“What is the standard of Photography in our country?” This question is often asked by my friends.
We have many talented photographers, but there is no encouragement, no recognition, not even a word of appreciation for them. Photographers in our country are a neglected lot: As a consequence, they have lost the initiative and are just plodding on a weary path. The art of picture-making has not kept pace with technological advancement.
I come across a large number of promising young photographers aspiring to make the grade. But where are the openings for them? The doors of the Press are closed to freelance photojournalists. Government jobs are lousy. Finally, they end up opening a small studio to do wedding photography, or to take passport photographs for rupees five for three copies, a field in which there is cut-throat competition.
To discuss these and other related matters, a National Seminar is being held by the Forum of Contemporary Photographers - a group of creative photographers practicing photojournalism and social landscape, at the India International Centre, New Delhi. The organisers hope to formulate a policy relating to the ‘State and Status of Photography in India’.
In spite of having a large number of newspapers and magazines, the standard of press photography leaves something to be desired, the Editors have to take the responsibility. A Press Photographer has no say in the matter of selection of photographs and their display. The remedy lies in giving adequate freedom to the photographer, and to give him a word of encouragement where it is due, and to give some incentive like a bonus, or advanced increment, to motivate him to put his best foot forward.
Editors can also help raise the standard of photography by reserving some space exclusively to photographs from freelance photographers. They have enough space to devote to cartoon strips many of which are hardly understood, to weekly forecasts, and to crossword puzzles, but no paper is prepared to allocate space for the publication of photographs of a non-political or creative nature. This alone can help raise the standard of photography in our country to a very great extent.
WHAT HAS THE GOVERNEMNT DONE?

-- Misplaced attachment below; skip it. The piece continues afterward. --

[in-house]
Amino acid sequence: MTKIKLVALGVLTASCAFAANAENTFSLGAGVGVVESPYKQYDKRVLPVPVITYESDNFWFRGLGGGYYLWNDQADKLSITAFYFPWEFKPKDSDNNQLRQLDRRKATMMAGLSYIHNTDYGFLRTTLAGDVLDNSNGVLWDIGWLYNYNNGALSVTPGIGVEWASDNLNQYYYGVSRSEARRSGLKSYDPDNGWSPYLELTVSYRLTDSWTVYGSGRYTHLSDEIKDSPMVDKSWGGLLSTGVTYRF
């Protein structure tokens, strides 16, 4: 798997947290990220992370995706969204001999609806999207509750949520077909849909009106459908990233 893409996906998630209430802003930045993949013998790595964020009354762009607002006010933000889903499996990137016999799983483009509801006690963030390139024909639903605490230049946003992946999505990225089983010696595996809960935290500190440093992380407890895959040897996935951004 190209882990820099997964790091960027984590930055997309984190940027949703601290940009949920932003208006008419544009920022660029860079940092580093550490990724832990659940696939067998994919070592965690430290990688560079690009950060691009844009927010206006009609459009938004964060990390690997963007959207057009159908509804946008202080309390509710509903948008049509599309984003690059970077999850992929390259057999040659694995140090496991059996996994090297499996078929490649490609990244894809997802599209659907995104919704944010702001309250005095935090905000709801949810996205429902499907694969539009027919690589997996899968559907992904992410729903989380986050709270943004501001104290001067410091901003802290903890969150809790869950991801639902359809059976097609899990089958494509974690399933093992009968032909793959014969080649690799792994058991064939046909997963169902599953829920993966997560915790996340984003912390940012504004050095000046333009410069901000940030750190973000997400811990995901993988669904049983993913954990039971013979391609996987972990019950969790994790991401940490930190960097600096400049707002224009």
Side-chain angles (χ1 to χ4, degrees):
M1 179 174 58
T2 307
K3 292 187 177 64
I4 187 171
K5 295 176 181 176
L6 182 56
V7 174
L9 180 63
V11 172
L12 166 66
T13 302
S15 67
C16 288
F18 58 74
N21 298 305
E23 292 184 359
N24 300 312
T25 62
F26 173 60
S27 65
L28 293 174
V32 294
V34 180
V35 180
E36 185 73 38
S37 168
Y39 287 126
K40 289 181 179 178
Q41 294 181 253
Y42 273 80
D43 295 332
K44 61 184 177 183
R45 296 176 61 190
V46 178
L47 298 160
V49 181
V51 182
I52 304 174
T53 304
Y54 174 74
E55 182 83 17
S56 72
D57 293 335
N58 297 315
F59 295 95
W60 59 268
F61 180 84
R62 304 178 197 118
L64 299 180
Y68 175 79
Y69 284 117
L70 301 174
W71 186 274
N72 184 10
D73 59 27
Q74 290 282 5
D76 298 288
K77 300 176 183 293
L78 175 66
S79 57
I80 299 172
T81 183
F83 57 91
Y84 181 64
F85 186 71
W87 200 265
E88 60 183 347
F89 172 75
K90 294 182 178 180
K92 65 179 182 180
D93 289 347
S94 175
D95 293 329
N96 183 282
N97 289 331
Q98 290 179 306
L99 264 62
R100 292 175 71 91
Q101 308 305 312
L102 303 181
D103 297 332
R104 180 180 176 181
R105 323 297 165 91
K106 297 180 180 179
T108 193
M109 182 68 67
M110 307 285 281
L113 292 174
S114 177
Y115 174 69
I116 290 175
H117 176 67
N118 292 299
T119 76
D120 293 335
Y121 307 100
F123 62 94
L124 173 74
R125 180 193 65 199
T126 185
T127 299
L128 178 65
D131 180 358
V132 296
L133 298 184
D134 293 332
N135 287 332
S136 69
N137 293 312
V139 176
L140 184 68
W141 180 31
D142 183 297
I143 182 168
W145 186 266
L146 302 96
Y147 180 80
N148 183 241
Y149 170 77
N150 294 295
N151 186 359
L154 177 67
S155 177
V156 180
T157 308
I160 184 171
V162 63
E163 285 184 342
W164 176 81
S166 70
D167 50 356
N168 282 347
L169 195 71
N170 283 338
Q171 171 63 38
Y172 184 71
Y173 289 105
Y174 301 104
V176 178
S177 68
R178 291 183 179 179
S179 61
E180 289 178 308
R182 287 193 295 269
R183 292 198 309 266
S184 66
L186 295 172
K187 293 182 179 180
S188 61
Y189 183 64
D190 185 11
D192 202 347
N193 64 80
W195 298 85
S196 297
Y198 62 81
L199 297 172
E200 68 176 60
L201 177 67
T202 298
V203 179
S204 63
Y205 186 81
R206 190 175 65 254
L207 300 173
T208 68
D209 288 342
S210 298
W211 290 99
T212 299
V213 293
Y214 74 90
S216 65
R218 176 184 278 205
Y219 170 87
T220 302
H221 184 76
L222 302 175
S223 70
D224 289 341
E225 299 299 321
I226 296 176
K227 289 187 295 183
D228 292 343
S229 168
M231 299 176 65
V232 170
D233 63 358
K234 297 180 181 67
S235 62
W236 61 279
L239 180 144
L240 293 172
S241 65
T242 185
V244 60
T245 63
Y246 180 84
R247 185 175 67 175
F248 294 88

The government has done precious little to recognise photographic talent and to give photography an honoured place. There are National awards in all disciplines excepting photography.
Let me take the Padma awards. Every year dozens of citizens - living or dead, are selected for those prestigious awards. The armed forces and the police honour their personnel and the list of those honoured run into several pages. But during the past twenty years, only six photographers have received the Padma Shri award. Not a single photographer has been considered for the Padma Bhushan award. Does that mean that we have none to qualify for that award? Against this, we have photographers who have been ranked among the top photographers of the world by international organisations outside India.
The Information & Broadcasting Ministry has a separate cell set up to honour film personalities and to organise film festivals. Radio and TV artists have not been ignored but the photographer is hardly remembered. Why this step-motherly treatment to photography?
It has become a fashion to acquire paintings by top artists at fancy prices, but there is no corresponding movement as regards photography.
Most advanced countries have recognised photography as an art form. In India, however, we are still sitting on the fence. About four years ago, the Lalit Kala Academy organised the first Biennale of Photography. It has coolly forgotten to organise the second biennale. Some money was granted to the National Gallery of Modern Art to acquire photographs. No one knows what the position is.
There are no recognised educational institutions to teach photography. However, there are two private institutions in Delhi, but the Government is oblivious of their existence. It may not be out of place to mention that a few good photographers in government service and elsewhere are the products of those two institutions.
What is the contribution of the big manufacturers of photo goods? The Hindustan Photo Films Co., a Govt. of India undertaking, the AGFA and the Kodak companies are doing crores of rupees worth of business in India, but they are not lifting their little fingers to discover photographic talent, or to encourage amateur photographers in our country. Some critics talk disparagingly about photographic Salons held in different parts of the country. If photography is alive in our country today, it is entirely due to the selfless services of a few individuals who are sparing no efforts in promoting photography as creative medium and encouraging amateur photographers to develop their creative faculty through participations in Salons.
Eight years ago, the India International Photographic Council was formed covering the entire Eastern hemisphere, with headquarters in Delhi. It is not only promoting photographic activity in the country, but is offering photographic distinctions like the Fellowships and Associateships on the merit of individual photographers. If the number of photographers seeking those distinctions in any indication, the IIPC, as it is popularly known, is doing yeoman service.
I do not like to paint an altogether pessimistic picture, we have enough photographic talent, but it has to be harnessed in the right direction. In this, both the Government and the Press can play a significant role. Let us hope that this seminar will arouse the conscience of the powers-that-be, and of the Press and will contribute towards the advancement of Photography in India.
Published by the Forum of Contemporary Photographers, 1992